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Family of fallen Grantsville soldier hold Christmas drive for troops overseas

By Alex Cabrero | Posted - Oct 29th, 2011 @ 6:18pm

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TOOELE -- It's not even Halloween yet, but at least one Utah family is already thinking about Christmas. When you want to send gifts to troops overseas you can't wait until the last minute.

Kylee Dalton of Tooele and her family were broken hearted to hear that some troops don't getting anything at all in the military mail. So to help troops, they set up a small booth inside a grocery story asking for donations for Holiday Care Packages. They set up shop inside Soelberg's market in Stansbury Park asking shoppers to help make sure troops get something for Christmas.

"I've heard of people who have been deployed for a year and didn't receive one thing. Not a letter, nothing," Dalton said.

They know what it's like to have a loved one overseas and what it's like to lose one, and now that their family has been personally affected by the war they want to help anyway they can.

"Two or three years ago, I might have walked right past this stand and not even thought about it, but it just hits home," Dalton said.

Her cousin is Jordan Byrd --the 19-year old Grantsville soldier and brand new dad --who was shot and killed in Afghanistan last year.

Savanna Byrd is Jordan's young wife who misses him terribly. She knows she will never have another Christmas on Earth with her husband but she wants to make sure other soldiers at least get something for the holidays.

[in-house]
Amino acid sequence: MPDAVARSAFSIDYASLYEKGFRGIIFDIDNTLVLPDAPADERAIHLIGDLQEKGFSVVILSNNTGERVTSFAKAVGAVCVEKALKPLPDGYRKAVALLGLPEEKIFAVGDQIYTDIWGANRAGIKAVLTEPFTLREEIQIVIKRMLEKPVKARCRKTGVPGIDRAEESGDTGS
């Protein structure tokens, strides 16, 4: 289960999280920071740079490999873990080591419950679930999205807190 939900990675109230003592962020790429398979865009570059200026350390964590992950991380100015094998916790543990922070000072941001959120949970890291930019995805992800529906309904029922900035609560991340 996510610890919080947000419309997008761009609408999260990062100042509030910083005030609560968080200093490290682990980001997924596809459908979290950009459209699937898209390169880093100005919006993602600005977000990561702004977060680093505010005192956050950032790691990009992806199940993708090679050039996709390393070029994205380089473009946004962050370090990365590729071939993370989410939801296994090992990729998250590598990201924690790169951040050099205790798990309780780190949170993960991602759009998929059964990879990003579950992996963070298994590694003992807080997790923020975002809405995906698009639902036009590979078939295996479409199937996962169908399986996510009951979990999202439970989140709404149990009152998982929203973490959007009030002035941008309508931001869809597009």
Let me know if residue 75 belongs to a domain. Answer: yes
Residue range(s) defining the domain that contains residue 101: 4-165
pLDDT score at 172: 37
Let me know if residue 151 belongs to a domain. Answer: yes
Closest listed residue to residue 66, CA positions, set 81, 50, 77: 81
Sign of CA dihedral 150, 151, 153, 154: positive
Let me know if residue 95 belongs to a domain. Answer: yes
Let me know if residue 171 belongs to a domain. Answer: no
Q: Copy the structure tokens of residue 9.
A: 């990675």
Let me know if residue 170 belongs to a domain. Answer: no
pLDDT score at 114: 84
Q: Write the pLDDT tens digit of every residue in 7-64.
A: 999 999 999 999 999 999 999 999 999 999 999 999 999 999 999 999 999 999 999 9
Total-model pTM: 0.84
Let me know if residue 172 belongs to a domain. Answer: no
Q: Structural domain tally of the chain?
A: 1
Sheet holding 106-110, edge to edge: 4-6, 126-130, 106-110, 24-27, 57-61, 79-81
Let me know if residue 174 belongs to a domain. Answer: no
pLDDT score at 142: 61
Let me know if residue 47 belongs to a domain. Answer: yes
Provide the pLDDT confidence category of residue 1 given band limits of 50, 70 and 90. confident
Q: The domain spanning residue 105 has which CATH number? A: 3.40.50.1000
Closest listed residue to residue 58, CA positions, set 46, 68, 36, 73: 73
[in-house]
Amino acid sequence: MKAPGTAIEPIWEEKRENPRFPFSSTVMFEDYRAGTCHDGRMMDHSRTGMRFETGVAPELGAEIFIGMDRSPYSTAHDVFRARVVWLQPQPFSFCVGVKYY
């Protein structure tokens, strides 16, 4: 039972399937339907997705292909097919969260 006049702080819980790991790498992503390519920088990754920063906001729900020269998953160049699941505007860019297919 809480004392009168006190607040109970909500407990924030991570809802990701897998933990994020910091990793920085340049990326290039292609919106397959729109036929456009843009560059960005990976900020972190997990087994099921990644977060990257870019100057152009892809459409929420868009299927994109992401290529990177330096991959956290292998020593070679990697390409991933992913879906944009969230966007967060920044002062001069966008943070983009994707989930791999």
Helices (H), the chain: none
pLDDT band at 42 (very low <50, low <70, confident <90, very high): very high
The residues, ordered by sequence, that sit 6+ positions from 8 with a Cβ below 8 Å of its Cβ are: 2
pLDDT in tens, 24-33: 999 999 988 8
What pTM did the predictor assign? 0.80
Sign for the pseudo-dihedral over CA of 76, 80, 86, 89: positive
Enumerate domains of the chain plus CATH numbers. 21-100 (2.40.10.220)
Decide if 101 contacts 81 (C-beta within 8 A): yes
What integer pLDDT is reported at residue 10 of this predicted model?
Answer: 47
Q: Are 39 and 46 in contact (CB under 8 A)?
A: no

"I'm sure it's nice for them to feel the love, especially coming from the community. It's a whole other feeling, you know?" Byrd said.

Sure it's just a small box of goodies but for the soldier who gets it it's a pretty big deal.

"It's the least we can do for everything they are doing for us," Dalton said.

"It just makes us feel that nobody forget Jordan, and just brings everybody closer together and you feel good about it," Byrd said.

For those who would like to set up a holiday package drive for some soldiers, one way is to just get in touch with the military through a recruiter to get names or overseas addresses and get permission from a local grocery store to set up a booth.


Alex Cabrero

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